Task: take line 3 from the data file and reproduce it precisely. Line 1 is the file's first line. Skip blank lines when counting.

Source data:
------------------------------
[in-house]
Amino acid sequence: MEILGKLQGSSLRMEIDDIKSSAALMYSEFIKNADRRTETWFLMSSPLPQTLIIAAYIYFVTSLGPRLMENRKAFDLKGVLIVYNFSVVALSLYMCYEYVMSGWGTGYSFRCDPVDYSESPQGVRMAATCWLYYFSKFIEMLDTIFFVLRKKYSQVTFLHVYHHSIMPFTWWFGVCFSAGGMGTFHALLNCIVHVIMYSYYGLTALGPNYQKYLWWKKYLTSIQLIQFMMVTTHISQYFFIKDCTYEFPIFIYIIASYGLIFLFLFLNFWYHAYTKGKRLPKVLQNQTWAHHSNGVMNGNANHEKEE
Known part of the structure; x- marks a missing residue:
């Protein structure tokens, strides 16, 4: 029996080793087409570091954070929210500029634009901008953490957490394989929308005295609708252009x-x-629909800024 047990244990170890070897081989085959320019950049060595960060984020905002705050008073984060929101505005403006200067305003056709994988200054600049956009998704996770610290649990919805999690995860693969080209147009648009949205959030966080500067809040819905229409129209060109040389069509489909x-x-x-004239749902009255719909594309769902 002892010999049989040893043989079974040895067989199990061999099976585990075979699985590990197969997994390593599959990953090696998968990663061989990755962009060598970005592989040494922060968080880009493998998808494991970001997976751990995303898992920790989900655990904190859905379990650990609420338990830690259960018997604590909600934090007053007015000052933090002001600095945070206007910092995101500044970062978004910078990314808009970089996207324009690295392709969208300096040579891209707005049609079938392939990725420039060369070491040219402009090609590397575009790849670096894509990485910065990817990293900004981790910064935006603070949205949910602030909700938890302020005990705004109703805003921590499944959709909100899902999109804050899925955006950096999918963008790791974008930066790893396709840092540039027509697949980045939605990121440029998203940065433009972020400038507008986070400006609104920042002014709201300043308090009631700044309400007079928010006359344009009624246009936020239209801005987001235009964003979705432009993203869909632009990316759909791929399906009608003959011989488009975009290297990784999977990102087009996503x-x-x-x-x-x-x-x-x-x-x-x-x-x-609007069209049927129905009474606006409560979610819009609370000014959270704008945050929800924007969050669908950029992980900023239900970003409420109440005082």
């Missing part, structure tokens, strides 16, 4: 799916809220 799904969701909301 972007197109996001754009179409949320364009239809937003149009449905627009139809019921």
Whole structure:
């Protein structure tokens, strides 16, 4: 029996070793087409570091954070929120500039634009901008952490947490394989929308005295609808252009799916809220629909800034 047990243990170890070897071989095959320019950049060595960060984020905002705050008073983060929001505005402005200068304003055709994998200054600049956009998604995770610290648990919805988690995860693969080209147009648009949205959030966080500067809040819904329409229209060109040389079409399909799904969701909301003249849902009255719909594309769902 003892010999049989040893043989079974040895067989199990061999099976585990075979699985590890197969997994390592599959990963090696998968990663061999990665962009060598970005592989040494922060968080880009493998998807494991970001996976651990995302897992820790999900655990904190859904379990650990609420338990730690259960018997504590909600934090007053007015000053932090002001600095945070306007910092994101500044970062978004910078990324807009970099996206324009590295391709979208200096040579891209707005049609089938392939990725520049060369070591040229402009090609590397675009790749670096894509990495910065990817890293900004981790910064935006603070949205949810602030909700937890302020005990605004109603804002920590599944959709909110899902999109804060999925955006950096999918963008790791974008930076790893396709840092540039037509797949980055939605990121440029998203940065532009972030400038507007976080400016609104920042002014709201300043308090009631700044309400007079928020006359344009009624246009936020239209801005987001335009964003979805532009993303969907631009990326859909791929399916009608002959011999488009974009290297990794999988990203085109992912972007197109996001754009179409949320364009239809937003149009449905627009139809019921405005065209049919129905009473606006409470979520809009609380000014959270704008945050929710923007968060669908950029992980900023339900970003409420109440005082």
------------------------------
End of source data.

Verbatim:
Known part of the structure; x- marks a missing residue: